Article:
So do we get Damon or Matsui? Or both?
I'm just waiting for the Mets to get Bengie Molina and Jason Bay, i want a Subway Series dammit
No reason to sign Damon now that we got our center fielder in Granderson. I think we gave up way too much on this deal but he is a 5-tool player and the potential to do amazing things for years to come. Can't wait to Repeat next season!
The best A jack could be was a Granderson 2.0 so we basically got A jack 4 years from now.
I love the move. We gett a young CF that can hit some home runs. I am tired of the Cabrera - Gardner tandem.
Also happy IPK is gone. That guy is a scumbag.
Another bad move by the Yankees
Time to seriously fire the Brian Cashman. I've never seen a worse GM
He basically got Wynn for 2 mill. Damon would have cost almost 4 times that. Yeah fire Cashman for being a great businessman.
I am loving it, we basically told Boras to go have intercourse.
cashman also said we had to get "younger" I'm still trying to figure out how trading Melky for Vazquez makes us younger?
He's doing a fine job. Can't fire the GM the year after they win it all.
Name me a team throughout baseball history who after winning a championship brought back every single player that was on their World Series roster?
Lets be honest here, Cashman doesnt have nearly as hard a job as other GM's around the league... Many times he just goes and gets the best available player on the FA market, And of course, it makes us instantly better... When you have an unlimited budget like the yanks do, your job is easy... Its these trades I wonder, In fact, Can anyone name one trade that benefited the yankees? Besides the Arod deal?
They didn't want to trade Hughes AND Joba/Kennedy AND Melky for Johan...
Melky is a marginal player, he only gets noticed because his in NY. He has never hit above .280, and the whole "clutch" thing is way overstated. There's no such thing as "clutch" hitting.
"Clutch"-ness does not follow a player from year to year.Various baseball analysts, including [Only registered and activated users can see links. ], [Only registered and activated users can see links. ], [Only registered and activated users can see links. ], and the [Only registered and activated users can see links. ] editors, have found so-called "clutch hitting" ability to be a myth. This is not to say that clutch hits, like those listed above, do not exist, but rather that some kind of innate ability for a player to perform above his true talent level in high-pressure situations is nothing but an illusion. In his 1984 [Only registered and activated users can see links. ], James framed the problem with clutch hitting this way: "How is it that a player who possesses the reflexes and the batting stroke and the knowledge and the experience to be a .260 hitter in other circumstances magically becomes a .300 hitter when the game is on the line? How does that happen? What is the process? What are the effects? Until we can answer those questions, I see little point in talking about clutch ability."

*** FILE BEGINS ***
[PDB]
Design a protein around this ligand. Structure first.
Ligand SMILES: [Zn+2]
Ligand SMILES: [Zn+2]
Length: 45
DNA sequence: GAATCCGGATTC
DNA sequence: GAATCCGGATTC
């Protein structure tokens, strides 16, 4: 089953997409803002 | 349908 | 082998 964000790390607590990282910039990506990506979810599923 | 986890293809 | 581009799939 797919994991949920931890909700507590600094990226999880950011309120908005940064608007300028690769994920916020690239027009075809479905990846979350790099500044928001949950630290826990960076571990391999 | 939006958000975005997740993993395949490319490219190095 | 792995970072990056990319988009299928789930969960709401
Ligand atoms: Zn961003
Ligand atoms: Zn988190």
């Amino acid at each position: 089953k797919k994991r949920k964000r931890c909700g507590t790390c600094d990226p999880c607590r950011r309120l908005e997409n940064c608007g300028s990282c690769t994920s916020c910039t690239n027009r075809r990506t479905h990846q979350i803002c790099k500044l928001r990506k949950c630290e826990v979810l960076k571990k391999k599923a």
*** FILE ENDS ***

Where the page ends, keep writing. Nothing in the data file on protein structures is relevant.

Most studies on the matter involved comparing performance in the "clutch" category of statistics (production with runners in scoring position, performance late in close games, etc.) between seasons; if clutch hitting were an actual skill, it would follow that the same players would do well in the clutch statistics year in and year out (the [Only registered and activated users can see links. ] between players' performances over multiple seasons would be high). Cramer's study was the first of its kind, and it found that clutch hitting numbers between seasons for the same player varied wildly; in fact, the [Only registered and activated users can see links. ] was the kind one would expect if the numbers had been selected [Only registered and activated users can see links. ]. Since Cramer published his results, many others have tried to find some evidence that clutch hitting is a skill, but almost every study has confirmed Cramer's initial findings: that "clutch hitting," in terms of certain players being able to "rise to the occasion" under pressure, is an illusion.
Batting average does.
Strikeout Rate does.
"Clutch", no matter how you define it, does not.
Most studies find clutch hitting is totally random. A-Rod was known for being "not clutch", then he hits big time home runs last season and this season. David Ortiz was known for being "amazingly clutch", but didn't come through with a truly big hit this past season.
Clutch hitting is a myth, so pointing to Melky's "clutch hits" is pointing to a total fallacy.
Melky has never hit over .280, his arm is good but his fielding and range isn't all that great. He's a fine player, but he's very very replaceable, and with Granderson patrolling center, Melky was expendable.